COLUMBIA, S.C. - The month of September is known as Suicide Prevention Month in the Army. This month, the Army takes the time to bring awareness to ways we can combat suicide and prevent Soldiers, civilians and family members from harming themselves.The 81st Regional Support Command's Ready and Resilient Campaign is leaning forward to support the decrease of these incidents within the Army Reserve ranks by combining the efforts of other Soldier wellness programs such as Sexual Harassment and Assault Response Program (SHARP) an the Army Substance Abuse Program to promote overall resiliency.The Ready and Resilient Campaign team hosted a workshop at U.S. Army Southern Command in Miami, Fla. August 19-20, 2014. The workshop was designed to combine the efforts of the Suicide Prevention Program and SHARP.The workshop provided information updates and valuable discussion to attendees on two key elements of resiliency; SHARP and the Ask, Care, Escort -- Suicide Intervention Course (ACE-SI). Participants in this pilot event included 28 members of Army Reserve organizations across the country, and an active duty participant.The two-day workshop began with a daylong ACE-SI course, taught by, Aljournal Franklin, 81st RSC Suicide Prevention Program manager. As the coordinator for the region, Franklin is charged with training trainers in the area of identifying and preventing suicide among the ranks of Army Reserve Soldiers.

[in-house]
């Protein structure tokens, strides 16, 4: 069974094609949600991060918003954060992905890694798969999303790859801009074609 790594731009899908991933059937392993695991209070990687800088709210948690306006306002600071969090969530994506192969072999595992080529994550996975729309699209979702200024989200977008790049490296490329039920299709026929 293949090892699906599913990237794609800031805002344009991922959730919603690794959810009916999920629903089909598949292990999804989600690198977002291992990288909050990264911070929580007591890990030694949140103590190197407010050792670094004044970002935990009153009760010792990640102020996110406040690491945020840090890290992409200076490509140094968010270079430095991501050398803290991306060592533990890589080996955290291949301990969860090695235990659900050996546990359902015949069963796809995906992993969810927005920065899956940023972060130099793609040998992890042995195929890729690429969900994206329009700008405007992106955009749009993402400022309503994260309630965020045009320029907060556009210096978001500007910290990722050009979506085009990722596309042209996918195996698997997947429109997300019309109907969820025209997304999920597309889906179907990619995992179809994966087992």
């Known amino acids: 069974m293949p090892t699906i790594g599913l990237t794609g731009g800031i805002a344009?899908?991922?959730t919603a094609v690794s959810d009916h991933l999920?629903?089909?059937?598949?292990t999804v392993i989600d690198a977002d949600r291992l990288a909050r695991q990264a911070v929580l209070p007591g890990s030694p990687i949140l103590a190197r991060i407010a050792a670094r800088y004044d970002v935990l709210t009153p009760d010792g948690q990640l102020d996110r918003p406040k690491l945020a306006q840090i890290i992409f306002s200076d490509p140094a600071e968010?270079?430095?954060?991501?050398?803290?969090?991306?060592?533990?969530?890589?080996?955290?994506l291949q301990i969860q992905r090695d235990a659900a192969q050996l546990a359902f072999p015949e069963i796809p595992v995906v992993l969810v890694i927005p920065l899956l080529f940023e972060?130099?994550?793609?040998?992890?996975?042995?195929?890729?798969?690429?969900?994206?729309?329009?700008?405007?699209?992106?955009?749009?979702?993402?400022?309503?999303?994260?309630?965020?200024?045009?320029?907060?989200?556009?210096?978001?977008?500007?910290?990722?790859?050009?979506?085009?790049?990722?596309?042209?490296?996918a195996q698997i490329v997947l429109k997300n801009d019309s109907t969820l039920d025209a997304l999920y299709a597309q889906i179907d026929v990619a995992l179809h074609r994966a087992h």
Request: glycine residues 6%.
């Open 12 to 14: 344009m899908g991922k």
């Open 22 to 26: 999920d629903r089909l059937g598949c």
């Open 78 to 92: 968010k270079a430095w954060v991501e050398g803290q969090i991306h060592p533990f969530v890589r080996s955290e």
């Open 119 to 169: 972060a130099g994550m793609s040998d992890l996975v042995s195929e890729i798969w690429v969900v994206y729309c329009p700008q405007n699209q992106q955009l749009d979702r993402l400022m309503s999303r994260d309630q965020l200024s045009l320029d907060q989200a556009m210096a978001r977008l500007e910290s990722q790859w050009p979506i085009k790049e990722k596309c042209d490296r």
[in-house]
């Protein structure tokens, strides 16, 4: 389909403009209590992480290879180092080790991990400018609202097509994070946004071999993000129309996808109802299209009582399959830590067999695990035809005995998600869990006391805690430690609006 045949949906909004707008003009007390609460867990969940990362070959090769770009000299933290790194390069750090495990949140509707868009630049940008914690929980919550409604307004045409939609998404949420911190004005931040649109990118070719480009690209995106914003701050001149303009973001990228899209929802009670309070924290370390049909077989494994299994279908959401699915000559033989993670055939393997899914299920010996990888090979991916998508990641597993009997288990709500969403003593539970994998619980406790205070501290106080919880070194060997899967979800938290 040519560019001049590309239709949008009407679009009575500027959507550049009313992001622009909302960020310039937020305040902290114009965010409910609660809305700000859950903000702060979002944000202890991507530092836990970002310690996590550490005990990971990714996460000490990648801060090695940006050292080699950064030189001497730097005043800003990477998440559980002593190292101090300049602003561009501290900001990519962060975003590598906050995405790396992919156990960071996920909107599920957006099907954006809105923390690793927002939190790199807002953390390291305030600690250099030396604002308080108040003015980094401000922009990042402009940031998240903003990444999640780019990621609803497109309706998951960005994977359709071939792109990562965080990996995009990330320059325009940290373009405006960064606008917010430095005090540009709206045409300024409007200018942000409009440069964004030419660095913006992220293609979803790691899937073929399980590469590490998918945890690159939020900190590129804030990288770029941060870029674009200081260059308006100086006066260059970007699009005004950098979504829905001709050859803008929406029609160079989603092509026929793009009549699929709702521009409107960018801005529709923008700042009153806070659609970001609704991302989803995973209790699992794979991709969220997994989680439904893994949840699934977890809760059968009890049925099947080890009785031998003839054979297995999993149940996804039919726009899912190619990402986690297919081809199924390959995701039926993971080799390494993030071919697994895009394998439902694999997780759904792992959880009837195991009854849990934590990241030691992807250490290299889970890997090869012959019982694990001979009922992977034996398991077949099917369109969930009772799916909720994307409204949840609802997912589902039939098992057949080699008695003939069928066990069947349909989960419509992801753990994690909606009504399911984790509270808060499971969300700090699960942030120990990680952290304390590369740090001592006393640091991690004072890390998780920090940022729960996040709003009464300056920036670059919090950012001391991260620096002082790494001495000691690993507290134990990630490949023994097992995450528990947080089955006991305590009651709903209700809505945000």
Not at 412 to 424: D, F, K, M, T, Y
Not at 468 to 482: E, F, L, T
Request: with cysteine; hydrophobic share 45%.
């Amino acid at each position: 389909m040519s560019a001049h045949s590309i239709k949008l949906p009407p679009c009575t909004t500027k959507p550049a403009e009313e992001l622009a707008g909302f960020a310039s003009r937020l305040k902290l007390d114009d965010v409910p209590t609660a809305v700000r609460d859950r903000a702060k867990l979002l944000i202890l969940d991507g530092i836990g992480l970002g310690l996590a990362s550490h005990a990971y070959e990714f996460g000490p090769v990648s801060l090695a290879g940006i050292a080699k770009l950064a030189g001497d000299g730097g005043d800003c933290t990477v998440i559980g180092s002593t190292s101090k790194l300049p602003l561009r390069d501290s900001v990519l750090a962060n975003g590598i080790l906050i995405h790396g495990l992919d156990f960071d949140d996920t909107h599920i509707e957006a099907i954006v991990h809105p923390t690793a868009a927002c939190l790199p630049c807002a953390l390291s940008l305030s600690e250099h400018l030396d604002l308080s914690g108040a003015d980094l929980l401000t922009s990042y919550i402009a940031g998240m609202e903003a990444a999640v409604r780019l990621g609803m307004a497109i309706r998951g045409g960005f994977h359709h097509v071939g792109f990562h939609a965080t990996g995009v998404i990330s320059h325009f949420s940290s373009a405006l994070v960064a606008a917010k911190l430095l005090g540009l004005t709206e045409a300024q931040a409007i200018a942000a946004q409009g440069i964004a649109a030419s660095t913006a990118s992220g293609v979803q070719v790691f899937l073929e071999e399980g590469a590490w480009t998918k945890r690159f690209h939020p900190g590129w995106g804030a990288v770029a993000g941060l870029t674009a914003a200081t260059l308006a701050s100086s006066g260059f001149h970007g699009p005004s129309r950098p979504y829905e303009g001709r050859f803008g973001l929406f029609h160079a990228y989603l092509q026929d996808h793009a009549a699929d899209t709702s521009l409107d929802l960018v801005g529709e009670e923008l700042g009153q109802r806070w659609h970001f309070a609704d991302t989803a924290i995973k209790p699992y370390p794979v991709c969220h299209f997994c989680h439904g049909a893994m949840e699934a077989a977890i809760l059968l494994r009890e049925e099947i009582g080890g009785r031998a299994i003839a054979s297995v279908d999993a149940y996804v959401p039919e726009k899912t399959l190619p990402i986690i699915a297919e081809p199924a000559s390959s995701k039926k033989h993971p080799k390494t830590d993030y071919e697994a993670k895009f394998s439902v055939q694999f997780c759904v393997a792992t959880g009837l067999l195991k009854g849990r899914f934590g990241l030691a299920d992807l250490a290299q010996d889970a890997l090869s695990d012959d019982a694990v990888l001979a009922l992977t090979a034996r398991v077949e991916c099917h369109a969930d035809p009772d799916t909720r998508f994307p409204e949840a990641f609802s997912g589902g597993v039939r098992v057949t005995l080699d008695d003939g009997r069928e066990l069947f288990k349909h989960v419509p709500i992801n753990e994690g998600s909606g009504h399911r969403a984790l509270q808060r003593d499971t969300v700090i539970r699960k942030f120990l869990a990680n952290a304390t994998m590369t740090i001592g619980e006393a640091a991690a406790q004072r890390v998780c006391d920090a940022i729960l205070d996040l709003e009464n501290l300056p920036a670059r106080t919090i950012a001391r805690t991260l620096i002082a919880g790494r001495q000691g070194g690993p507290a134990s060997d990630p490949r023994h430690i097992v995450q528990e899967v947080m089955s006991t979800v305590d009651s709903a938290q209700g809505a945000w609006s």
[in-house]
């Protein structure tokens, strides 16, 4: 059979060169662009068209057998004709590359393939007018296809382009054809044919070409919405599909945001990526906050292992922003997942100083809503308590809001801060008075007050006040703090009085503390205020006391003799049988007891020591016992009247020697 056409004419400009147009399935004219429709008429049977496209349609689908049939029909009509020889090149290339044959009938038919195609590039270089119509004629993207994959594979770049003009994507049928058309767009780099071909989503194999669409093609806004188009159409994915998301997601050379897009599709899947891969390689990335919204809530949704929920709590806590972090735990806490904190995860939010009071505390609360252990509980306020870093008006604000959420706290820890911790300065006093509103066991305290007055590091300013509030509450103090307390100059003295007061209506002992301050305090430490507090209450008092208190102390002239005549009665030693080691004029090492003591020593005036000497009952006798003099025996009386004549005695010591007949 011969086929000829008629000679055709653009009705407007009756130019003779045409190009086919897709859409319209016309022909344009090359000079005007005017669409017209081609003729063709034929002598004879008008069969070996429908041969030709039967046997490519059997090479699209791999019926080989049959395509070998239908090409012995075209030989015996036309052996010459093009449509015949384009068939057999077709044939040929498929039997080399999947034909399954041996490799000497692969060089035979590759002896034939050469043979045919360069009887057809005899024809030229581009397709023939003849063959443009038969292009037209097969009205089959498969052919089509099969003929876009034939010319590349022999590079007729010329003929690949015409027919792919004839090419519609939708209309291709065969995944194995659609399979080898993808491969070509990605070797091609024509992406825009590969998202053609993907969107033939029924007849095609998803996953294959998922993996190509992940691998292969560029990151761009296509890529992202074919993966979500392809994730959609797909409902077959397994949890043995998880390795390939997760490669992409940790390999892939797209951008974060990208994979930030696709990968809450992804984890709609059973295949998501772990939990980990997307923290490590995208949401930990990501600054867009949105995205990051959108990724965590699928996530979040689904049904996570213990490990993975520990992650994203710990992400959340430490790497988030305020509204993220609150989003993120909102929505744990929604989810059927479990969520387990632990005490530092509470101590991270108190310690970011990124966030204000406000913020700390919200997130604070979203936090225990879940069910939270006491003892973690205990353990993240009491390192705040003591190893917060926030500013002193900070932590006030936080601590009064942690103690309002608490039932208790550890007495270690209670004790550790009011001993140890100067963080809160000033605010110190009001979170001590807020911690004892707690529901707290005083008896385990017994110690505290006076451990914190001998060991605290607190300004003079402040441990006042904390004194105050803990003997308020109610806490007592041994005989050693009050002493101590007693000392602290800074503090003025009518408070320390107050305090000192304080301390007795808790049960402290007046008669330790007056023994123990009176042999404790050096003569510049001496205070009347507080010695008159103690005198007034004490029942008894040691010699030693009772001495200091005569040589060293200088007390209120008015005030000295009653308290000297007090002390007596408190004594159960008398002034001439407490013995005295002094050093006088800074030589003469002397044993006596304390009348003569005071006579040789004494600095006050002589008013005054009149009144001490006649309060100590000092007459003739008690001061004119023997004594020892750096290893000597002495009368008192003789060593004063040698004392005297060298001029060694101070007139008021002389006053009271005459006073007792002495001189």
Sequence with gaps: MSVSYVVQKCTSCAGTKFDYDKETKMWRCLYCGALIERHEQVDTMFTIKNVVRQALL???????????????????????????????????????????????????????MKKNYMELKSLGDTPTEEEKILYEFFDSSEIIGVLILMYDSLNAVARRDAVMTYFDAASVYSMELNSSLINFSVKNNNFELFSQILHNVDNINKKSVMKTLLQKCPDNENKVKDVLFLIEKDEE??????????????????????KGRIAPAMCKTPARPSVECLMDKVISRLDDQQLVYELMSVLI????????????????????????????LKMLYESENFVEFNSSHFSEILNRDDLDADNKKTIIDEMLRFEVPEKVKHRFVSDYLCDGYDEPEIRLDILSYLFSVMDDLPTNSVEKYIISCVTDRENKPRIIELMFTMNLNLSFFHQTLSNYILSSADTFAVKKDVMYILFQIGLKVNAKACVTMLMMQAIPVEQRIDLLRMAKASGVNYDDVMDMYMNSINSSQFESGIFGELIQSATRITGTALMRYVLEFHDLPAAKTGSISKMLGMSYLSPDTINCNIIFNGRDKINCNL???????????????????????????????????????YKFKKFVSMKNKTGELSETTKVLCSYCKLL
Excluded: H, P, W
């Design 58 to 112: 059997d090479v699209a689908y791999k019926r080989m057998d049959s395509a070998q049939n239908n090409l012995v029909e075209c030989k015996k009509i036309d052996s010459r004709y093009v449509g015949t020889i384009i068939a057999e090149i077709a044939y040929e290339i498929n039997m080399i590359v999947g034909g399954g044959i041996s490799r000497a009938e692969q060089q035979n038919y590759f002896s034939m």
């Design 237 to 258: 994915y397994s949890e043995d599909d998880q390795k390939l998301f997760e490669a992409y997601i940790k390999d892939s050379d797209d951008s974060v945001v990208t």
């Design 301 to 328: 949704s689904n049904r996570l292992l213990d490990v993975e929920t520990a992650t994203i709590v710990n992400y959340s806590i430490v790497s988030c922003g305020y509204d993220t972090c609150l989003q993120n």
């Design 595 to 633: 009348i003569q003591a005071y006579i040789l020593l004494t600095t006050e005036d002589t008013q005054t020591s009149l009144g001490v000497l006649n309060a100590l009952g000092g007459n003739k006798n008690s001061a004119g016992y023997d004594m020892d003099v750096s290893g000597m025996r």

"It's important for all gatekeepers and caregivers to identify signs that a member of our military may be contemplating suicide," said Franklin. "Training such as ACE-SI provides fundamental and foundational training that will give our gate keepers a more sensitive disposition when working with Soldiers and civilians under our charge."The second day of the workshop concentrated on the SHARP program. Led by 81st RSC SHARP coordinator, Tommy White, the speakers on day two also included Maj. Vincent Smith, 81st RSC Special Victim Counselor, an active duty SHARP representative from Fort Polk, and an Army Reserve presenter from Fort Belvoir. The subjects covered on the second day included updates to the SHARP policy such as the role of the Special victim counselor and change in the role of the Victim Advocate from a person that accepts sexual assault reports to an adviser to the commander."The importance of what we are dong here, is bringing civilians and Soldiers from all over to reach a common goal," said White. "There is a wealth of knowledge in this room, and the information we share makes us all better at supporting Soldiers."All of the workshop attendees had two things in common; they hold positions that promote Soldier wellness, and are committed to protecting the Soldiers they support from harm."The training was presented in a way where cross-training could be done," said Tandra Hunter, attendee and Suicide Prevention Program Manager for 3rd Medical Command in Fort Gillem, Ga. "Many sexual assault cases have the potential to lead to suicide attempts or ideations and we need to be able to step in to prevent this from happening."Overall the training provided a forum for practitioners within the Suicide Prevention Program and SHARP to learn methods to prevent incidents and share best practices to advise commanders and Soldiers. The number of suicides and reported sexual assaults and harassment cases among the Army ranks make it clear that their combined efforts for prevention are vital to the mission of their supported commands.In addition to bringing this first group together, Franklin and White plan to host the workshop quarterly with participants from varied ranks. The next step will be incorporating the Drug Demand Reduction Coordinator to the training team.The 81st RSC Ready and Resilient Campaign leaders want the concept of combining resiliency programs in this fashion to catch on, and are committed to encouraging other leaders to incorporate these types of collaborative events into their training. White traveled to share the outcome the event with the SHARP Baseline Training Course graduates at Fort Belvoir, Va. Aug.t 29 with that idea in mind."I think that everyone should reach out between commands and areas to build partnerships," said White. "What we were able to do with our training was learn a little about each other's programs that we would not know if we don't ever step out of our own lanes."Participants in the event agree. "As a chaplain I feel this training was very beneficial to me," said Chaplain (Capt.) Anthony Woodard. "I was able to hear other Soldiers' point of view on ACE and how they are educating their units."